Endless sand on China Beach ©Donatella Lorch

Endless sand on China Beach ©Donatella Lorch

Vietnam is a beautiful land wrapped in delectable food with a coffee shop on every corner. I became a war tourist of sorts. I dripped sweat all day and thought of soldiers humping through the jungle with 50lbs packs, flak jackets and leeches.

Dropping down into a camouflaged Viet Cong tunnel, Cu Chi, Vietnam ©Donatella Lorch

Dropping down into a camouflaged Viet Cong tunnel, Cu Chi, Vietnam ©Donatella Lorch

Alongside my 9-year-old son, I was mesmerized by the Cu Chi tunnel network. I wiped away tears at the War Remnants Museum and insisted on walking and re-walking Le Loi and Tu Do Avenues.

And every Huey and Chinook helicopter I saw (and there are many parked on the grounds of Ho Chi Minh City museums), reminded me of my long standing love-affair with these hulking beasts. I first met them in Dispatches – “Savior- Destroyers” Herr called them.

Love those Hueys.  On the rooftop of "Reunification Palace" -- the former South Vietnamese presidential palace. ©Donatella Lorch

Love those Hueys. On the rooftop of “Reunification Palace” — the former South Vietnamese presidential palace. ©Donatella Lorch

It was an arranged marriage on paper and later I fell for them hard in Somalia, Rwanda, Afghanistan, flying night missions in Black Hawks, scrunched in the gunners seat in Gunships and in Hueys, door open, feet dangling, music blaring, flying Nap of the Earth along Rwanda’s rivers. Grit- whipping terror, sweaty dank canvas, every part of my body on edge.

The first North Vietnamese soldiers to storm the presidential Palace, Saigon, April 1975

The first North Vietnamese soldiers to storm the presidential Palace, Saigon, April 1975

Some local history is scrubbed so clean that I only realized later that my Ho Chi Minh City hotel, selected because it was near the local office of my husband’s company, was just one block from the site of the former US Embassy. I was 13 years old in April 1975 when the last American helicopter lifted off into a slate sky in a final desperate evacuation.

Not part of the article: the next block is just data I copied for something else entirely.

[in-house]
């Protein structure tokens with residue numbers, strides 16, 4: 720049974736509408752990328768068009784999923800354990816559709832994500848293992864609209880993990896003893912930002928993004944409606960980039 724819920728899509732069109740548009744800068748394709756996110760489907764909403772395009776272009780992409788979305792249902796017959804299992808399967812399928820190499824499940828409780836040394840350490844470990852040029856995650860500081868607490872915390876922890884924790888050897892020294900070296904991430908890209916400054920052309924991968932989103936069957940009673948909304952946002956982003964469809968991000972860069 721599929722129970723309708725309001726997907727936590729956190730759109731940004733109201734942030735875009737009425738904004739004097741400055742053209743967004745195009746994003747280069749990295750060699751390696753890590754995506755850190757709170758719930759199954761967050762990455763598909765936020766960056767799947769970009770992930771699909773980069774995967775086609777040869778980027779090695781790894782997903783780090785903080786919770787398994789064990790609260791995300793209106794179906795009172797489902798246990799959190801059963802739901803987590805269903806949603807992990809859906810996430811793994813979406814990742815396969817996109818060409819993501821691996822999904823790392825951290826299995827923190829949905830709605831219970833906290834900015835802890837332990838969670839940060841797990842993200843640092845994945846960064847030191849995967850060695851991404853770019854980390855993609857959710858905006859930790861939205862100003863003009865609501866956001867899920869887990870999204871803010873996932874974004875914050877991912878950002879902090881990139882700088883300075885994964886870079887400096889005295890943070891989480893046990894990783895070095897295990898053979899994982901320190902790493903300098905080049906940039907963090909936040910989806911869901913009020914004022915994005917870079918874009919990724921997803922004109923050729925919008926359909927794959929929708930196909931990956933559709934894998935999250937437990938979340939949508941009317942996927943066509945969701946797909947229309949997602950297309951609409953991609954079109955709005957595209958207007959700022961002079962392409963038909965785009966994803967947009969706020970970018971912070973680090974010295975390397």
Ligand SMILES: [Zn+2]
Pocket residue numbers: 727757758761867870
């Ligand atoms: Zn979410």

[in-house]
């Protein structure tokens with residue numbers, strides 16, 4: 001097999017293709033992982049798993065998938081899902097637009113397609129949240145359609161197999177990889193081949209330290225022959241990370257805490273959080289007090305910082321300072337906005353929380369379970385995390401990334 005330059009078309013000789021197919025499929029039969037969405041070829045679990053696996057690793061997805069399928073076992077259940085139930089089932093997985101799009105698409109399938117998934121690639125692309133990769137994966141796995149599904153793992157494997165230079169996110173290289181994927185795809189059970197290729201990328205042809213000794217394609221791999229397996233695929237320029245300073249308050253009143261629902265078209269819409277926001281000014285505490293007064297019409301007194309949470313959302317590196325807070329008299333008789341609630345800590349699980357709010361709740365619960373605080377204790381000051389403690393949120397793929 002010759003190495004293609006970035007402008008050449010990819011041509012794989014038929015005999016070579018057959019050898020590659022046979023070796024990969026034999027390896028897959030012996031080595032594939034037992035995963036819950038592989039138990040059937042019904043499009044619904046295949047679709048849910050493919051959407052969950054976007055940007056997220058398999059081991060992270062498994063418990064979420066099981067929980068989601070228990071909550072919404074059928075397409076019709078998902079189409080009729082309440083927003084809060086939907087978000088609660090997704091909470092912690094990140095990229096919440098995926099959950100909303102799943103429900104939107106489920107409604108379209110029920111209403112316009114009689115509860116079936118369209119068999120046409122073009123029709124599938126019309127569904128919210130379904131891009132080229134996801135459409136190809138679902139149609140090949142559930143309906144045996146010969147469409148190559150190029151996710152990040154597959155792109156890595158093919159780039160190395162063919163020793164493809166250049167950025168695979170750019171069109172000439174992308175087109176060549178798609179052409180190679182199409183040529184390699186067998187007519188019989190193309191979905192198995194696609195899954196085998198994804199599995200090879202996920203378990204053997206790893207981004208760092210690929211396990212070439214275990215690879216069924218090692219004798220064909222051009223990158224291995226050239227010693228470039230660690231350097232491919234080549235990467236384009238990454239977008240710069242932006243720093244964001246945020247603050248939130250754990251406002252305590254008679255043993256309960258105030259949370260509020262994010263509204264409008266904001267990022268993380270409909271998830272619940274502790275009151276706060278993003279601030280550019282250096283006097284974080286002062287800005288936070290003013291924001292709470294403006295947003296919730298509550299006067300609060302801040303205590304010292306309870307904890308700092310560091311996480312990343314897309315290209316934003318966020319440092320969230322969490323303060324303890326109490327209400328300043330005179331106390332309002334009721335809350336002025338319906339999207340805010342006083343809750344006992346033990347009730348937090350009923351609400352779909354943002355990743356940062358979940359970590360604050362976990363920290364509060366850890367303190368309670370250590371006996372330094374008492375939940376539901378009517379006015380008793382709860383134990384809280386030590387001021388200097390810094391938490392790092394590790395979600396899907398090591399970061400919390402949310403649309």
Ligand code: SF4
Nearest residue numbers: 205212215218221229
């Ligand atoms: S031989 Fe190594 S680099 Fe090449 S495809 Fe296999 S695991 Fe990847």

Everyone has their own war story, their own angle of vision, and none of my wars have been like Vietnam. Long ago, I’d agonized that I had missed it, that I was born too late. But that doesn’t matter anymore. War is memory and it must never be forgotten.

 

 

What 2071 means to me or how I am learning the art of living in Nepal

Bodhnath Stupa, a UNESCO World Heritage site is an island of calm in the chaos of Kathmandu. ©Donatella Lorch

Boudhanath Stupa, a UNESCO World Heritage site is an island of calm in the chaos of Kathmandu. ©Donatella Lorch

It’s New Years this week in Nepal. Welcome to the year 2071. It has taken me almost a year to move the Gregorian calendar aside and understand strange names of months that now begin in what my previous life considered mid-month. Luckily my cell phone has helped me cope with the transition: ”Dear customer,” it told me on April 14th, “Applicable monthly charges will be deducted tomorrow on the 1st of Baisakh.”

I’ve had to do a lot of mental gearshifts. I used to think that having a New Year’s Eve celebration was normal but in Nepal there are seven New Years, each with their own celebration. Nepali culture is based on festivals: your god, my god, their god — any occasion is good.

During Laxmi Puja, a festiva; that celebrates Laxmi, the Goddess of Wealth, Nepalese light up they city with butter lamps and worship her in the temples. ©Donatella Lorch

During Laxmi Puja, a festival that celebrates Laxmi, the Goddess of Wealth, Nepalese light up the city with butter lamps and worship her in the temples. ©Donatella Lorch

My dog, Biko, gets worshipped on Kukur Puja, and receives a garland, a Tikka and sweet rice cakes. © Donatella Lorch

My dog, Biko, gets worshipped on Kukur Puja, and receives a garland, a Tikka and sweet rice cakes. © Donatella Lorch

For a monotheist like myself who is only a church goer on three days a year (Christmas, Easter and a spare extra for good measure), who has also lived extensively in Islamic countries and who grew up in Manhattan where Jewish holidays were greeted by my father with a sigh of relief as alternate side of the street parking was suspended, I had never lived before with 330 million Hindu gods as well as Buddhist deities, demons and demonesses shared by both faiths. Early on, I started outlining in my diary Super God family trees as the top three male and female deities have multiple incarnations with their own offspring. There are official God festivals that can last more than a week. There are holy days for cows, dogs, crows and even airplanes.

Festival celebrants parade through Bakhtapur Durbar Square. © Donatella Lorch

Festival celebrants parade through Bakhtapur Durbar Square. © Donatella Lorch

Even if I wanted to, it is impossible to ignore these festivals and to continue life as it used to be in early 2013. Temples and Buddhist stupas are absolutely everywhere from sprawling ancient Hindu compounds to a stubby lingam that has split a paved road in two, a rock and a bell on the side of a road to the scores of huge ancient and holy pipal trees wrapped with string by worshippers. There are grass covered and white washed stupas dating back centuries whose gentle and humble elegance graces the chaotic polluted city of Kathmandu. Valley hillsides are dotted with gold painted rooftops that end in the airborne curling eves of Buddhist monasteries and nunneries.